New Zealand joins the Secretary General in thanking Special Representative Staffan de Mistura for his leadership and service in Afghanistan and looks forward to working with Jan Kubis. We also welcome the Afghan Deputy Foreign Minister to the Council.
New Zealand is pleased that the Secretary General’s latest report identifies further, steady improvement in Afghanistan. We welcome progress with the Kabul Process; and are encouraged by the work of the Afghan Government to resolve the Kabul Bank situation and to achieve a successful outcome to its negotiations with the IMF.
However, the SG’s report also identifies challenges still to be confronted, and we remain committed to working with partners to address these.
Since we last addressed this Council on Afghanistan, the New Zealand Provincial Reconstruction Team has overseen the formal commencement of transition in Bamyan province – one of the first to embark on that process - and I’m pleased to report that transition is proceeding smoothly. The PRT has made a conscious effort to encourage the people of Bamyan to turn first to their own government for assistance. As a result, the local authorities are taking the opportunities offered by transition increasingly to assume responsibility for their own affairs.
Going forward, it will be important that the Afghan Government is able to address Bamyan’s needs. Transition imposes greater responsibility on provincial officials. Central government must support those officials, by providing adequate resources, delegating authority, and, above all, by demonstrating a willingness – indeed, it must demonstrate a determination – to replace the few corrupt or incompetent actors with merit-based appointment. Otherwise, the Bamyan population will continue to look past the provincial government to the donor and NGO community to deliver basic services.
We welcome the UN’s ongoing work to promote and encourage coherence between ISAF, donors and the Afghan Government - work that better links the Government to its people. As we all cooperate to achieve the ultimate aim of transition, we urge the UN to continue this vital work, as there’s still room for improvement to achieve better coordination and communication. The UN-supported Central Statistics Organisation survey of Bamyan Province was an excellent initiative; but more attention to the sharing of its results would have a positive effect on the ability of local government to meet the needs of its populations.
The transition process is fragile Mr President, but we should not underestimate the capacity of Afghan institutions, officials and people to respond to the needs of their communities. With on-going support from the PRT, from the international community and, most importantly, from the central government in Kabul, there are reasons to hope for a successful conclusion to transition in Bamyan in 2013.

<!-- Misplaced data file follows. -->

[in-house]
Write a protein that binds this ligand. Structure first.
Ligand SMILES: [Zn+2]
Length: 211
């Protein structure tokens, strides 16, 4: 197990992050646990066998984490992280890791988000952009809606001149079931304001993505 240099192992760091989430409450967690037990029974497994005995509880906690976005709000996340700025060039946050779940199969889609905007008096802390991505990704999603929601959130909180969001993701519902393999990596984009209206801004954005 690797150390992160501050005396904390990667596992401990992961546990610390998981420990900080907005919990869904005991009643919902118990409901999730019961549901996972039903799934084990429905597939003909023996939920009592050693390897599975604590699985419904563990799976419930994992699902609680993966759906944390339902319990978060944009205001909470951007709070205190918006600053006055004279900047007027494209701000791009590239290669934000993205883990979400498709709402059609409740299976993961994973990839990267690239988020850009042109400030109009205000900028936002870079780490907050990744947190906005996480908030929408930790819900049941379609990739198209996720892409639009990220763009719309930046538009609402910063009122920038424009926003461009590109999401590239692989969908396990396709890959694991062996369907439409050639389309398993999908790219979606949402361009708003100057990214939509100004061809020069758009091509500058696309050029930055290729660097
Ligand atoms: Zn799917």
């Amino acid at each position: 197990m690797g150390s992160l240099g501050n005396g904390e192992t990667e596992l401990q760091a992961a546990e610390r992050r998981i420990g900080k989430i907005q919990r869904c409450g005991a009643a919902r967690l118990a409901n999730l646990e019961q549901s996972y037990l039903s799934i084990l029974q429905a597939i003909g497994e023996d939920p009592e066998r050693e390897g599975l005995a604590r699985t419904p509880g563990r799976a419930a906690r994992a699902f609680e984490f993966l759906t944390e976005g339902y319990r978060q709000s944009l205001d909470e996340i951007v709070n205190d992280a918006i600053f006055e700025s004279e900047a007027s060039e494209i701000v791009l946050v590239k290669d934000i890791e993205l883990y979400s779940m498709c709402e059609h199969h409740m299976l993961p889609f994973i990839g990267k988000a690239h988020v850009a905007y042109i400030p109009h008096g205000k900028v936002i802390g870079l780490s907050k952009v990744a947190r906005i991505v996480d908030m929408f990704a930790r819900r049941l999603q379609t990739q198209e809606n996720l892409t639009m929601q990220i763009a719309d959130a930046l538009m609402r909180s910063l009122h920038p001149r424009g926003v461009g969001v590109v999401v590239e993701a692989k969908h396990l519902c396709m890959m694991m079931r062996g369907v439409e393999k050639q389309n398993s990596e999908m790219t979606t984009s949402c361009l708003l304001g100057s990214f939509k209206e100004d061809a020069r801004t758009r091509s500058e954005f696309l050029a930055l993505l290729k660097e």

New Zealand was very concerned at UNAMA’s October report on the widespread mistreatment of detainees in Afghan Government facilities. We are grateful for the UN’s investigation of this difficult issue and applaud UNAMA for its careful handling of the report’s conclusions. New Zealand has expressed its concerns directly to the Afghan Government. We welcome its initial response, but also support ISAF’s immediate suspension of detainee transfers to the named facilities. Above all, we reiterate that the Government of Afghanistan must continue to address that issue.
We also welcome UNAMA’s report on the implementation of the 2009 law on the Elimination of Violence against Women. But, despite some progress, New Zealand’s own experience of the application of the Law by Afghan judges, prosecutors and police accords with many of UNAMA’s own findings. Even in Bamyan - a province that, most commendably, has had a woman governor since 2005 - the vast majority of cases involving violence against women are not dealt with adequately through the formal justice system. The resulting treatment of victims is degrading. We urge the Afghan Government, with UN support, to continue promoting the proper application of the 2009 law, including, where this is required, replacement of corrupt or ineffective officials.
New Zealand strongly supports the outcomes of the recent international meetings on Afghanistan. The Istanbul meeting sent an important regional signal of a strong commitment to Afghanistan; and we are encouraged by the sense of commitment of all participants at the Bonn meeting.
Mr President, like everyone else on the ground in Afghanistan, New Zealand has worked hard to achieve good outcomes in Bamyan, and remains committed to seeing the transition process through to a successful conclusion.
Then, Mr President, it will be for the people of Bamyan themselves, and their governments - central, provincial and district - to secure their own, long-term future.